had been developed. He suggested the committee contact 
Gen. Norman M. Lack, executive vice-president of the 
Water Research Foundation for the Delaware River Basin, 
who was familiar with the fabric dams. 

Secretary Goddard has been extremely helpful in regard 
to the dam, according to Smith and to Basse Beck, another 
Sunbury civic leader. The Secretary told the committee 
Sunbury would be an ideal spot for a pilot dam and 
suggested the $15,000 needed for the plans be raised by 
the group. He also suggested they get land clearances. 
Both have been done by the group. 

It is not surprising that a Chamber of Commerce should 
be carrying the ball for a dam that would provide a great 
expanse for fishing. It would be of great economic aid. 
It is also not surprising that most of those on the active 
C of C committee are avid fishermen. 

Along with Chairman Smith, head of WKOK and 
WKOK-FM, are Basse Beck, general manager of the Sun- 
bury Daily Item, Mayor Lester P. Shissler, Edward Gill, 

Al Wolfe, Robert Scullin, Fred Hoffman, Dr. Guy Smith, 
Edward Freck, Robert Bell, Paul Miller, Sidney Apfel- 
baum, Rep. Adam T. Bower, Charles Duffy, Pierce Cory- 
ell, all of the Sunbury, Northumberland and Selinsgrove 
area, and Robert Brouse, Lewisburg. 

The new type dam, estimated by engineers to cost 
about one-tenth of the cost of conventional dams, will, 
they say, last for at least 20 years in regard to the fabric. 
If fabric sections should then need to be replaced it could 
be done without difficulty. The concrete base and abut- 
ments would already be in place. 

The unique dams came about because Norman M. 
Imbertson, chief engineer of the Water Plant Operation 
Division of the City of Los Angeles, had a serious problem. 
He was faced with a desperate need for conserving water 
at times of heavy rains. Temporary wooden dams were 
placed on the Los Angeles River to divert the water into 
giant, underground storage areas. Unfortunately, the 
wooden dams were often swept away by floods and sub- 
sequent rains were lost before the dams could be replaced. 

Imbertson came up with the idea of a dam that would 
temporarily collapse, at flood time, but which could be 
quickly reinflated to catch subsequent rains. Five such 
fabric dams are now used in Water Department operations 
in California. All are highly successful. 

An all-important feature of these dams, for anglers, 
is that they can be placed in small, medium or large 
streams. Their use, in providing bodies of water for fishing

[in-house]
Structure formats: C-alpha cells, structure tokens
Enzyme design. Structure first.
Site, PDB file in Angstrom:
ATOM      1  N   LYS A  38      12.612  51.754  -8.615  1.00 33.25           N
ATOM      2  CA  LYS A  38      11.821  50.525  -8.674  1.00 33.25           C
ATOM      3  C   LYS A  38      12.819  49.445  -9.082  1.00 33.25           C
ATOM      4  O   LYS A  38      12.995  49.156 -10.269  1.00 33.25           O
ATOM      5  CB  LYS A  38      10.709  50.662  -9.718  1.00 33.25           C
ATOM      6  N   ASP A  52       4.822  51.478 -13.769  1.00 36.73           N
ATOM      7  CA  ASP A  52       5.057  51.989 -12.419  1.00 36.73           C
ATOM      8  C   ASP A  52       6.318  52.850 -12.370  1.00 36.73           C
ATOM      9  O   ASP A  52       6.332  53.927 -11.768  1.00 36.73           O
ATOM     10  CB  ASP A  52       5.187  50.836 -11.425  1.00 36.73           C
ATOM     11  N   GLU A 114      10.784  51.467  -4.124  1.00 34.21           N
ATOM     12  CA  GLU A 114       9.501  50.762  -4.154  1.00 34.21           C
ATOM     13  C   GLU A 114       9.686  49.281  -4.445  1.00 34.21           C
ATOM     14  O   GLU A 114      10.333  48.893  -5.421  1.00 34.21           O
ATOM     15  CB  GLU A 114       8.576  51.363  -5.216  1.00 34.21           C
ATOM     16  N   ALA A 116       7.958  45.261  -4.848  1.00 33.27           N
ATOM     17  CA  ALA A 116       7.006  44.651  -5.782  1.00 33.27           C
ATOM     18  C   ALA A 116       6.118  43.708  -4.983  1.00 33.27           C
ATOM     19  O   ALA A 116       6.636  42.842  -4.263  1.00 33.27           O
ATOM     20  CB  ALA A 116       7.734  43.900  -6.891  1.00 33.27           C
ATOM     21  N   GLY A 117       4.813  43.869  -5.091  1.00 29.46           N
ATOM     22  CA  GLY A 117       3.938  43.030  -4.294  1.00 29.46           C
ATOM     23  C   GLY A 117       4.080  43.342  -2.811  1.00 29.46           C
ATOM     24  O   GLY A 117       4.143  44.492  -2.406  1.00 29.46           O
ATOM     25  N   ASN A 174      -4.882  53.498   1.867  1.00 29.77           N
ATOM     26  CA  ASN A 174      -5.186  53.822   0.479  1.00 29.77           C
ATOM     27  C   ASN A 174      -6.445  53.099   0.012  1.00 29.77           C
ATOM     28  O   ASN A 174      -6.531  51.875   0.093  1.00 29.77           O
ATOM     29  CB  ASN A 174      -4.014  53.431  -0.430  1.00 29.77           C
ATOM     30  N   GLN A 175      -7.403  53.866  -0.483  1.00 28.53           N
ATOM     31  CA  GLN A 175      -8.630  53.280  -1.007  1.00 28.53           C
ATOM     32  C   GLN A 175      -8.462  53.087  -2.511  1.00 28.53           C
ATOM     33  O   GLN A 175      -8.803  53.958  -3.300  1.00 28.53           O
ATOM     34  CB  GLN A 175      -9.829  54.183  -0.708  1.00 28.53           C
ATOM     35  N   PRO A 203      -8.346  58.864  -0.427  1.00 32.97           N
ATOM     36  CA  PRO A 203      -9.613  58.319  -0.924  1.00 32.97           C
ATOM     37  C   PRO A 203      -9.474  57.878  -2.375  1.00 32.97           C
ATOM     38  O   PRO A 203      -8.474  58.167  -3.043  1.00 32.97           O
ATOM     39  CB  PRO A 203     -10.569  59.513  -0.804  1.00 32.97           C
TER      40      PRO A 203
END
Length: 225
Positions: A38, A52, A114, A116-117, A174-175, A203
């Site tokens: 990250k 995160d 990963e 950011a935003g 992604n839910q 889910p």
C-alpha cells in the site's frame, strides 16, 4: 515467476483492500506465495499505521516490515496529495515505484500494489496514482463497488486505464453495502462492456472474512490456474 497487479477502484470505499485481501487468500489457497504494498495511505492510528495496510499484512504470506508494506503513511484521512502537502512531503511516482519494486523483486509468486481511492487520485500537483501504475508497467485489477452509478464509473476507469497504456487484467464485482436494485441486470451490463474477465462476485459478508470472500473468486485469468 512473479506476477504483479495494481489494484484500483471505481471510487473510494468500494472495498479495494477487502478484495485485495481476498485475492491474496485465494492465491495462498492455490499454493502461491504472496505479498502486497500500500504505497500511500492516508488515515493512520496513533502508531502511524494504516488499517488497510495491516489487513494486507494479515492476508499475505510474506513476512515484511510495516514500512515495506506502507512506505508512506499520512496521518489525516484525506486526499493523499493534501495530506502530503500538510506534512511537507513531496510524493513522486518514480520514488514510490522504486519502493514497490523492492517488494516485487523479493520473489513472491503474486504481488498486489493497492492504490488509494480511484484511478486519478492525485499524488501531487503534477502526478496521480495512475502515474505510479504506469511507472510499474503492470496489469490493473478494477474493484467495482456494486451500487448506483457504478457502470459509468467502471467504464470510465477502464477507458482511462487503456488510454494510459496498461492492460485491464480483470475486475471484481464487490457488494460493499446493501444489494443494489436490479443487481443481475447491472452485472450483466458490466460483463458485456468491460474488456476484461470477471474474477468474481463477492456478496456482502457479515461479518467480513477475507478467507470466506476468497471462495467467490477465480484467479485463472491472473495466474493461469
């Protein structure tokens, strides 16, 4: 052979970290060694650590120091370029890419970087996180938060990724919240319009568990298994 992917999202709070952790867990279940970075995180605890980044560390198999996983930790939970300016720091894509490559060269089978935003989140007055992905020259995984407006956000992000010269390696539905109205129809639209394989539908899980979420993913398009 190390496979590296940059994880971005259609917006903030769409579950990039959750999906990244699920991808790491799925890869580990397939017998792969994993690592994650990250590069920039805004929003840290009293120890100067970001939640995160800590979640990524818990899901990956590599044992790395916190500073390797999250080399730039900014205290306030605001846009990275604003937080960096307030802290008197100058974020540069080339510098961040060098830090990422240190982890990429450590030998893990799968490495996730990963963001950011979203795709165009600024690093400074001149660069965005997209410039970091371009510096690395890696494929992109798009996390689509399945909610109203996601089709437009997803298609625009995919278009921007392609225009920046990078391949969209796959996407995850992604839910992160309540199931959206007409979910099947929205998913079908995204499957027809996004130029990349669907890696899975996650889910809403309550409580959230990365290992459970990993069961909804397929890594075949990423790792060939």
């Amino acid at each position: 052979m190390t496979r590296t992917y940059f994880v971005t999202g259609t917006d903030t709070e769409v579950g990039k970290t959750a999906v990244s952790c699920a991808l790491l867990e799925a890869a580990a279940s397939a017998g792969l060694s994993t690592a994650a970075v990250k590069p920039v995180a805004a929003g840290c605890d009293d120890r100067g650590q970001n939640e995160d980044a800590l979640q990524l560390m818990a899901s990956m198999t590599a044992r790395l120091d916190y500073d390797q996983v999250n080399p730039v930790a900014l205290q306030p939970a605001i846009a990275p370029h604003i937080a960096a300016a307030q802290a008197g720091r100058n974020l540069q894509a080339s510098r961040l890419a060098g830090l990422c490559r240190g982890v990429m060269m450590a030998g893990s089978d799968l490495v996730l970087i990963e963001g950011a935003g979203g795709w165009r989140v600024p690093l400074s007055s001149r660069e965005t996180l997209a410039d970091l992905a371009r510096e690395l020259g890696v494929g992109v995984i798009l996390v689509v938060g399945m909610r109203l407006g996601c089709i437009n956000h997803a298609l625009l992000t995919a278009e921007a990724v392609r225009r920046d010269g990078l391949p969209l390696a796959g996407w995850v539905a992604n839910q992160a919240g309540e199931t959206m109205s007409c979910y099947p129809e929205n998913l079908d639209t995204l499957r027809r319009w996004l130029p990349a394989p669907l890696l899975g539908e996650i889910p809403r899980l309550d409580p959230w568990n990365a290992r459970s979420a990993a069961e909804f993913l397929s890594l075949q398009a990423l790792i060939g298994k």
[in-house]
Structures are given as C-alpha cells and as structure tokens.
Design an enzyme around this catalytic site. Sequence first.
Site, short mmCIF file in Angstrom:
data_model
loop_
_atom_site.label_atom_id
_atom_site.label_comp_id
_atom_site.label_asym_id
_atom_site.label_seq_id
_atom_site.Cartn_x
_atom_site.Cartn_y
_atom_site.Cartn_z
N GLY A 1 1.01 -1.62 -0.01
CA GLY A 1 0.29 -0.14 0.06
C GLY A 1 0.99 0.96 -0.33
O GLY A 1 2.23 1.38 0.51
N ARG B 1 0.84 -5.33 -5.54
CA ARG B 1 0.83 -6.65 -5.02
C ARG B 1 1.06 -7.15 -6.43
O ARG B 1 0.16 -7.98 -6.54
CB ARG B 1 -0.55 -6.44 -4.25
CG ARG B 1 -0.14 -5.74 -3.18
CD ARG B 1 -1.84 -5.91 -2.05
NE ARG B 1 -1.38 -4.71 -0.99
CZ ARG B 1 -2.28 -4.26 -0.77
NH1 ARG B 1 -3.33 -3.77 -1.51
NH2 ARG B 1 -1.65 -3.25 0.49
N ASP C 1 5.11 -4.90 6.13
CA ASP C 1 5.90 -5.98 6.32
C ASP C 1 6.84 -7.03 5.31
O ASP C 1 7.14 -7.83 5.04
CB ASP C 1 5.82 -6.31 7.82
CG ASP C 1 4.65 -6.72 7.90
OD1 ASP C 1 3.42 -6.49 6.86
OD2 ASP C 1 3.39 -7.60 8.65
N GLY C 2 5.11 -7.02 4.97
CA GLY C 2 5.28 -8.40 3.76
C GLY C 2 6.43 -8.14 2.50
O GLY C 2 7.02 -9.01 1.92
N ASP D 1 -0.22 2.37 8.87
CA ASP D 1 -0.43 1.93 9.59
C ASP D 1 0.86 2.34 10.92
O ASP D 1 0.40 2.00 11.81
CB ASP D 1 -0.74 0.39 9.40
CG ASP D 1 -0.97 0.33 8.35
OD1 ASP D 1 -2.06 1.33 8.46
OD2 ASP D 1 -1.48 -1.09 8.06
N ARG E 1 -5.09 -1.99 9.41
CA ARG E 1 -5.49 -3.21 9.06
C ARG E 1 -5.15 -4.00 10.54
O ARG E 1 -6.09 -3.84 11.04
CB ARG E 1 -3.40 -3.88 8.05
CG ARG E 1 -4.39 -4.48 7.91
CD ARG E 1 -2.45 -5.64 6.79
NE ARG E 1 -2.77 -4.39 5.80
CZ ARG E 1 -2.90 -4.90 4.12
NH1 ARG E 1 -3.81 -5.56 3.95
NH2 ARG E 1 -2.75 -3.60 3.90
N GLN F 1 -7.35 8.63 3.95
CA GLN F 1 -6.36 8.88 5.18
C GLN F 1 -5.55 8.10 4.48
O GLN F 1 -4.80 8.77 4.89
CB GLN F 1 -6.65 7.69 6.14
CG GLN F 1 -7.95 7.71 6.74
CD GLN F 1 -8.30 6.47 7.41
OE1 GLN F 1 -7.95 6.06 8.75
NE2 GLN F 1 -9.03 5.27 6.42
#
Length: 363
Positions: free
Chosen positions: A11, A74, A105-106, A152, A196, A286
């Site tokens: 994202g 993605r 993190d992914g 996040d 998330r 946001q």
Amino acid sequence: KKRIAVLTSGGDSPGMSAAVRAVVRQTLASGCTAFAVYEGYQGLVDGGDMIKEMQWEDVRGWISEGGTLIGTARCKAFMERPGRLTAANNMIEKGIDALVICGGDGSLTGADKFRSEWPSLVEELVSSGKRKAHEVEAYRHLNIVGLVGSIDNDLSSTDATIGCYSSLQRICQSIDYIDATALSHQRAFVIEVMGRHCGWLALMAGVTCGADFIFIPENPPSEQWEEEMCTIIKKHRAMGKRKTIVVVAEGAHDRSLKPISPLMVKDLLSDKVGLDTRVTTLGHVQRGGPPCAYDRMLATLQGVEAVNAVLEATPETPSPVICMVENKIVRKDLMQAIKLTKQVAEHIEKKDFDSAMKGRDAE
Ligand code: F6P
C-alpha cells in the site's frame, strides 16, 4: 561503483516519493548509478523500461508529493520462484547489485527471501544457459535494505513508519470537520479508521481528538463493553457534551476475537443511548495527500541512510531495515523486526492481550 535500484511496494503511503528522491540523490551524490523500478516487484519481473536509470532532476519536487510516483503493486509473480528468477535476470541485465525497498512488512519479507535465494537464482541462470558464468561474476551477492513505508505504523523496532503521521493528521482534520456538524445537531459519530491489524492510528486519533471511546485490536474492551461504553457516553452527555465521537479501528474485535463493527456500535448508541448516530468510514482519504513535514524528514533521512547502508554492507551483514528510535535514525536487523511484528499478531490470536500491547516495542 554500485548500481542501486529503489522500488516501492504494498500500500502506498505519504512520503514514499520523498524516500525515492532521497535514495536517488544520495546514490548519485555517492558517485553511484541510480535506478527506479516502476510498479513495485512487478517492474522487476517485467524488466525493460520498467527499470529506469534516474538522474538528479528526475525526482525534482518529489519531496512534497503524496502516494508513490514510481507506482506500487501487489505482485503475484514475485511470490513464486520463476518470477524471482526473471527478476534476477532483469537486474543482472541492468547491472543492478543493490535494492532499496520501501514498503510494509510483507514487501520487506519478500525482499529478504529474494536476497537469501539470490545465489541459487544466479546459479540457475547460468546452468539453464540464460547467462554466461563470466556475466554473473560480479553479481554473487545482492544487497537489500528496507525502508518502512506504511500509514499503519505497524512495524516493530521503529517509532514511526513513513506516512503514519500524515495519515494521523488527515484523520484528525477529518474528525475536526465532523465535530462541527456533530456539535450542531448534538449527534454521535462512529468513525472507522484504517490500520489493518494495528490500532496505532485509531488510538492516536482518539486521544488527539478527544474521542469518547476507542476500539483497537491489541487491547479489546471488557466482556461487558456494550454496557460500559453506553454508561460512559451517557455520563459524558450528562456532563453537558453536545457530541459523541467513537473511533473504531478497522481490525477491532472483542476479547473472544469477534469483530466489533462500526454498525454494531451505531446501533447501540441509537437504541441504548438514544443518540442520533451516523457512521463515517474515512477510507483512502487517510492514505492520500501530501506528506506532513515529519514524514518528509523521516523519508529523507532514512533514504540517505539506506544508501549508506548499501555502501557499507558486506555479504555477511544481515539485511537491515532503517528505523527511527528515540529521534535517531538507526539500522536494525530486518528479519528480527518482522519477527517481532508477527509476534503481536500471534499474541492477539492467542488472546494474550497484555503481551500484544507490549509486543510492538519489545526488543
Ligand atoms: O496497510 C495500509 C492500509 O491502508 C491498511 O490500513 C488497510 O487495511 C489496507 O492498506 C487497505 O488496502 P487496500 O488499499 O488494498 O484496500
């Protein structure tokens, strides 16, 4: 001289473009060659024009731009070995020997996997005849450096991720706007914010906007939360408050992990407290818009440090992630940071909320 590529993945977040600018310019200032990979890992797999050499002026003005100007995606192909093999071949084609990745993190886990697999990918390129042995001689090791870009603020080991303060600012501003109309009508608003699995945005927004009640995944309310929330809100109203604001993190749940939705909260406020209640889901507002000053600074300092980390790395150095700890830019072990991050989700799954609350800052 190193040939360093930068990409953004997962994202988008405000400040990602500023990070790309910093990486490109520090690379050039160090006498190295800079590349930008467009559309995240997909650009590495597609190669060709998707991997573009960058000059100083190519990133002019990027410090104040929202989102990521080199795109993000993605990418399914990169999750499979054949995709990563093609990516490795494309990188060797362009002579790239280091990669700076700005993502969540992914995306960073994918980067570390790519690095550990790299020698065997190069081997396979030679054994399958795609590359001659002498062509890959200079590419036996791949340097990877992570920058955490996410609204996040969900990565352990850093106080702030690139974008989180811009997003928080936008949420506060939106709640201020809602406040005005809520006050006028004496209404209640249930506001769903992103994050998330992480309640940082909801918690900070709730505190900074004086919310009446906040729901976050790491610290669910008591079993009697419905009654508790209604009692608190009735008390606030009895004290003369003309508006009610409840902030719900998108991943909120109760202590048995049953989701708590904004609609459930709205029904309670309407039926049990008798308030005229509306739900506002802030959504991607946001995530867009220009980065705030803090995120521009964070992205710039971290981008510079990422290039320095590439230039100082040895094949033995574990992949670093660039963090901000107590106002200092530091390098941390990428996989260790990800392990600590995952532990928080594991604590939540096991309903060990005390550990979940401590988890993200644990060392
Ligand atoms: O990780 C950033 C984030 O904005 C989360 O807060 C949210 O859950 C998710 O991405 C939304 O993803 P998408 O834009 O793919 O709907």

and for other recreational purposes, is practically un- 
limited. The possible flood damage problems that make 
dams impractical at so many places can be overcome with 
fabric dams. 

Anglers are watching— with interest and anticipation- 
developments at Sunbury. 

OCTOBER— 1963 



Accounts from ttjp newspapers October 2fi, 1903. 

BELLEFONTE, PA., October 26, 1903 -Philadelphia 
North American — Pennsylvania will soon be stocking its 
waters with young trout, bass and bullfrogs from the new 
Belief onte State Fish Hatchery, which was formally opened 
for business this evening. 

In the presence of a number of State officials and sports- 
men the first consignment of fish eggs from the Allentown 
hatchery was deposited in the tanks of the new establish- 
ment. Brief speeches were made by Economic Zoologist 
H. A. Surface, Fish Commissioner W. E. Meehan, Judge 
John G. Love, Colonel Wilbur F. Reeder, Superintendent 
N. R. Buller, who built the plant, and local sportsmen. 

The Bellefonte hatchery, it is expected, will eventually 
be the best plant in the state, though it will take a couple 
of years to fully complete it as now planned out. The 
main building for the hatching of trout fry is 100 x 30 feet 
and capable of holding 105 sets of hatching troughs. Sur- 
rounding it will be twenty-five concrete pools for raising 
the fry till they are large enough for shipment. 

The springs from which the water supply is obtained 
give forth a flow of 8000 gallons per minute, the water 
having a mean temperature of 50 degrees. 

The hatchery grounds now embrace about twenty acres, 
situated around the railroad at Pleasant Gap, on the L. 
and T. Railroad. Half of the plot will be utilized for the 
hatching of trout, with a capacity of from 12,000,000 to 
15,000,000 fry a year. The remainder of the ground will 
be used for the hatching of bass, gold fish and frogs. 

Ponds for the habitation of the trout breeders and for 
bass hatching will be constructed all over the plot, which 
will be laid out with walks and drives and planted with 
shade trees. 

The trout building was constructed under the super- 
vision of N. R. Buller, who came here from Corry to 
take charge. 

It is expected that by the first of the year the entire 
stock of the Allentown hatchery will have been transferred 
here. The Allentown plant will be dismantled. 

BELLEFONTE, PA., October 26, 1903 — Philadelphia 
Inquirer— The Bellefonte fish hatchery, located at one of 
the most picturesque points in Centre County, four miles